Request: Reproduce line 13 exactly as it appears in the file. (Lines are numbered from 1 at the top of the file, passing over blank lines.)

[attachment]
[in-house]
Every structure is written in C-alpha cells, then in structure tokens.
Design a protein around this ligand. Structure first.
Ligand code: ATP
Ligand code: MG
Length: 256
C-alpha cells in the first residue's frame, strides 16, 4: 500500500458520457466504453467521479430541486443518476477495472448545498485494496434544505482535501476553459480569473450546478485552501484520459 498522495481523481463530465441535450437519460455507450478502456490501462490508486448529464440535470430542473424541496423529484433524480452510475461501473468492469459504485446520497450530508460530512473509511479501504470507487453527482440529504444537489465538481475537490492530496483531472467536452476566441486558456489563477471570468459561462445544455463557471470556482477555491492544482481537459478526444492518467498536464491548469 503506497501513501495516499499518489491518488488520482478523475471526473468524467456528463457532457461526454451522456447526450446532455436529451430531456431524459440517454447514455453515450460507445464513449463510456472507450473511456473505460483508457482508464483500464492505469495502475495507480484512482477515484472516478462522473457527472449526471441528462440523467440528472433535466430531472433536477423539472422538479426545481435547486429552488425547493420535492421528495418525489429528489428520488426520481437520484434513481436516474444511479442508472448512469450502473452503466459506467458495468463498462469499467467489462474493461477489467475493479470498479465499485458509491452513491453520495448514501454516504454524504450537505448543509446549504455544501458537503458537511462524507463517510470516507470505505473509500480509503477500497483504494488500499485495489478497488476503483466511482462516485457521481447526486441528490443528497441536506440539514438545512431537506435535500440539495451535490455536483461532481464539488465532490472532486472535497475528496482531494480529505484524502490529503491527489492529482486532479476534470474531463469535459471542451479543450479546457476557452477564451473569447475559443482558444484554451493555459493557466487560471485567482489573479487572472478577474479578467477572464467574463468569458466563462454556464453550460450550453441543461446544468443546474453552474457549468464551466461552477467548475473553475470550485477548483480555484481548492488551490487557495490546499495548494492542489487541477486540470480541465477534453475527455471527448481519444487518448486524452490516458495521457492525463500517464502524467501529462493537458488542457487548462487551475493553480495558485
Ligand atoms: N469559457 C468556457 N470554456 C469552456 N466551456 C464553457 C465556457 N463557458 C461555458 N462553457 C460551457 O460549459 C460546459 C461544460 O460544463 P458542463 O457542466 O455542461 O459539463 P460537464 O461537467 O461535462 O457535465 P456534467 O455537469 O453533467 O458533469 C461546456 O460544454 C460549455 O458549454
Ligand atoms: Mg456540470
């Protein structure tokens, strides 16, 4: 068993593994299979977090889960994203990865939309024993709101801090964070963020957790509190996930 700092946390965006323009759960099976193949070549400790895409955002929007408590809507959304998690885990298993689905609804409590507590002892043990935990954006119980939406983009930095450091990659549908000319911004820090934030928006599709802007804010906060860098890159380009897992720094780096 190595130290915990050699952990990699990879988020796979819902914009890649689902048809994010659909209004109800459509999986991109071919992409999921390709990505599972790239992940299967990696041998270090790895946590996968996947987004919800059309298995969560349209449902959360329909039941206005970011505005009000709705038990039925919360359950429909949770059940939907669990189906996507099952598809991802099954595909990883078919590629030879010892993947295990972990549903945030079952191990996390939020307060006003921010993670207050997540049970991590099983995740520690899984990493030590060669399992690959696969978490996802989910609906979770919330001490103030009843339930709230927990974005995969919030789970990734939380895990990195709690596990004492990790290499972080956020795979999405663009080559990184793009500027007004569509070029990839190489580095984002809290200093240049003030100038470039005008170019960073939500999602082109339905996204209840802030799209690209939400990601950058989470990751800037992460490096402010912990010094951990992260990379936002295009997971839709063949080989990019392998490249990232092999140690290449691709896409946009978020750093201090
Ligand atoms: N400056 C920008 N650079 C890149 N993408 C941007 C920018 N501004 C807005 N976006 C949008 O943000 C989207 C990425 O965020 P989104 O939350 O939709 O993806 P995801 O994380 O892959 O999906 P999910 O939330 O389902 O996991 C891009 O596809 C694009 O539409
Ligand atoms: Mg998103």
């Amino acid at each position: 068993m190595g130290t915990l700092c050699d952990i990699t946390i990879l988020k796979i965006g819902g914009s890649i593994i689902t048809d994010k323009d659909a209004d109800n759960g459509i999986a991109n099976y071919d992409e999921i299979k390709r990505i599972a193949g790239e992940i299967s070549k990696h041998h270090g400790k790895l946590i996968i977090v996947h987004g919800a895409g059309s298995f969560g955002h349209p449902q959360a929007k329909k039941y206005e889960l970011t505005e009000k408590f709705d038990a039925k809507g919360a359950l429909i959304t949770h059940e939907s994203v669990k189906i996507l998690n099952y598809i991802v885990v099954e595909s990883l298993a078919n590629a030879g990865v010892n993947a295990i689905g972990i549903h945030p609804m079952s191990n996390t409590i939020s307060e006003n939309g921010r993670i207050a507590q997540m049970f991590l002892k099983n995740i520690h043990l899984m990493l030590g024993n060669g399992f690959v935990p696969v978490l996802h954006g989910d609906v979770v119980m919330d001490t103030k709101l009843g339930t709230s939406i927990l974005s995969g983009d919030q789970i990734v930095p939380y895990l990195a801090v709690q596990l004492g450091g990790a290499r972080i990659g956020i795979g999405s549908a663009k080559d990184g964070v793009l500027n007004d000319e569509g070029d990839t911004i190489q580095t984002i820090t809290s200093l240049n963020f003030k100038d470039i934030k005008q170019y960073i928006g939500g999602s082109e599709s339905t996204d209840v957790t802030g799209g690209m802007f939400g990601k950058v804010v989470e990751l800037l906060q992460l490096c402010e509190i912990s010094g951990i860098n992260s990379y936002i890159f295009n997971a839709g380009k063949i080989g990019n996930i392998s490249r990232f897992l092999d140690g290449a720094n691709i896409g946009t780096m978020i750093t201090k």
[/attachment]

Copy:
């Amino acid at each position: 068993m190595g130290t915990l700092c050699d952990i990699t946390i990879l988020k796979i965006g819902g914009s890649i593994i689902t048809d994010k323009d659909a209004d109800n759960g459509i999986a991109n099976y071919d992409e999921i299979k390709r990505i599972a193949g790239e992940i299967s070549k990696h041998h270090g400790k790895l946590i996968i977090v996947h987004g919800a895409g059309s298995f969560g955002h349209p449902q959360a929007k329909k039941y206005e889960l970011t505005e009000k408590f709705d038990a039925k809507g919360a359950l429909i959304t949770h059940e939907s994203v669990k189906i996507l998690n099952y598809i991802v885990v099954e595909s990883l298993a078919n590629a030879g990865v010892n993947a295990i689905g972990i549903h945030p609804m079952s191990n996390t409590i939020s307060e006003n939309g921010r993670i207050a507590q997540m049970f991590l002892k099983n995740i520690h043990l899984m990493l030590g024993n060669g399992f690959v935990p696969v978490l996802h954006g989910d609906v979770v119980m919330d001490t103030k709101l009843g339930t709230s939406i927990l974005s995969g983009d919030q789970i990734v930095p939380y895990l990195a801090v709690q596990l004492g450091g990790a290499r972080i990659g956020i795979g999405s549908a663009k080559d990184g964070v793009l500027n007004d000319e569509g070029d990839t911004i190489q580095t984002i820090t809290s200093l240049n963020f003030k100038d470039i934030k005008q170019y960073i928006g939500g999602s082109e599709s339905t996204d209840v957790t802030g799209g690209m802007f939400g990601k950058v804010v989470e990751l800037l906060q992460l490096c402010e509190i912990s010094g951990i860098n992260s990379y936002i890159f295009n997971a839709g380009k063949i080989g990019n996930i392998s490249r990232f897992l092999d140690g290449a720094n691709i896409g946009t780096m978020i750093t201090k």